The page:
"Through the cases runs the strain that, when determining whether the public at large had a right to know the particular information, the court has regard to all the circumstances. The court is concerned to assess whether the information was of sufficient value to the public that, in the public interest, it should be protected by privilege in the absence of malice."

    The opinions in Reynolds were intended to ensure that the common law of England harmonised with human rights jurisprudence in general and the European Convention on Human Rights in particular: see [1999] 3 W.L.R. at 1026, 1029-1030, 1036-1037; 1045-1046; 1055; 1059. As was noted in Reynolds, one of the features of decisions in this field of the European Court of Human Rights has been a careful examination of all the circumstances of a particular case before a decision is reached as to whether freedom of expression is to be treated in the case in hand as the dominant right, prevailing over "restrictions . . . necessary in a democratic society . . . for the protection of the reputation or rights of others . . . " allowed for by Article 10.2. And section 12(4) of the United Kingdom Human Rights Act, enjoining a focus on the particular material published, is consistent with this approach. A very recent illustration of this essentially pragmatic approach is the judgment of the European Court of Human Rights in Bergens Tidende v. Norway (Application no. 26132/95; 2 May 2000).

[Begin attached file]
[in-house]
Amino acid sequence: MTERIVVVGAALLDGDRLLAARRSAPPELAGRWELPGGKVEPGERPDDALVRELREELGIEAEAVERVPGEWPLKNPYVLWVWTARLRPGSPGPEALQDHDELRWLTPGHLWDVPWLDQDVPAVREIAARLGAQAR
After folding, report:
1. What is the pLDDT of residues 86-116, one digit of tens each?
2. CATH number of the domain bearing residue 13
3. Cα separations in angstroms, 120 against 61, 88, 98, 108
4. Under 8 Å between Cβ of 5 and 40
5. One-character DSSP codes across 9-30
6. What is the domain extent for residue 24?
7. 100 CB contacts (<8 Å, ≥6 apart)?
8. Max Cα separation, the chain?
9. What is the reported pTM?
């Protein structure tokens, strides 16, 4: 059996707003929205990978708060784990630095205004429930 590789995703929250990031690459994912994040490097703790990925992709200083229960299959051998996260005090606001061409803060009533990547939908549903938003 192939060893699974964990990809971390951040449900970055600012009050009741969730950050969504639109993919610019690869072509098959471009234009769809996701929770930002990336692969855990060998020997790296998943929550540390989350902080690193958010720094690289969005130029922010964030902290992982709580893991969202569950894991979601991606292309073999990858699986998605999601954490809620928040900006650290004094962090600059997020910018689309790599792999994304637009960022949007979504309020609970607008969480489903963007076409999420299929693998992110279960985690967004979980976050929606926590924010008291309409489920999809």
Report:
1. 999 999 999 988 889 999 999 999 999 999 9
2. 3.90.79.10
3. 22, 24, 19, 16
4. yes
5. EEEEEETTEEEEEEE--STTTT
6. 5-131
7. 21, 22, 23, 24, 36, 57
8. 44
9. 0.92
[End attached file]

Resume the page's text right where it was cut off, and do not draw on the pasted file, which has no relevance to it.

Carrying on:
Thus the Act of 1955 falls to be seen against the background that the common law of England and Northern Ireland independently provides qualified privilege for material which the media have a duty to communicate to the general public. This is not confined, of course, to material produced as a result of investigative journalism. The main principle for which Reynolds stands is that the classical interest-duty test is adaptable to a great variety of circumstances. In this legal setting the relevant provisions of the Defamation Act add a statutory privilege in one respect narrower and in another possibly wider than the common law. Narrower in that the relevant statutory privilege is confined to reports of the proceedings of public meetings held in the United Kingdom and otherwise satisfying the statutory conditions. Wider in that, if the statutory conditions are all satisfied, a fair and accurate report is automatically protected even if comment has not been sought from the plaintiff and included in the material published. The statute deals with that aspect in section 7(2), providing for the subsequent publication on request of a reasonable letter or statement by way of explanation or contradiction. In that regard the common law is more flexible. An approach to the plaintiff is not always necessary: see Lord Nicholls in Reynolds at 1026 and 1027. And, unlike Reynolds, this is not a case where the newspaper has apparently adopted defamatory allegations as its own: the article purported to be no more than reporting. I think, however, that in the instant case, where nothing representing the answer of the plaintiff solicitors appeared in the article, the common law privilege would be likely to fail as a defence if the report was not fair and accurate; just as the statutory privilege would fail. The issue of fairness and accuracy remains to be determined and is for the jury. But there is nothing incompatible with the Convention right to freedom of expression in this state of the law.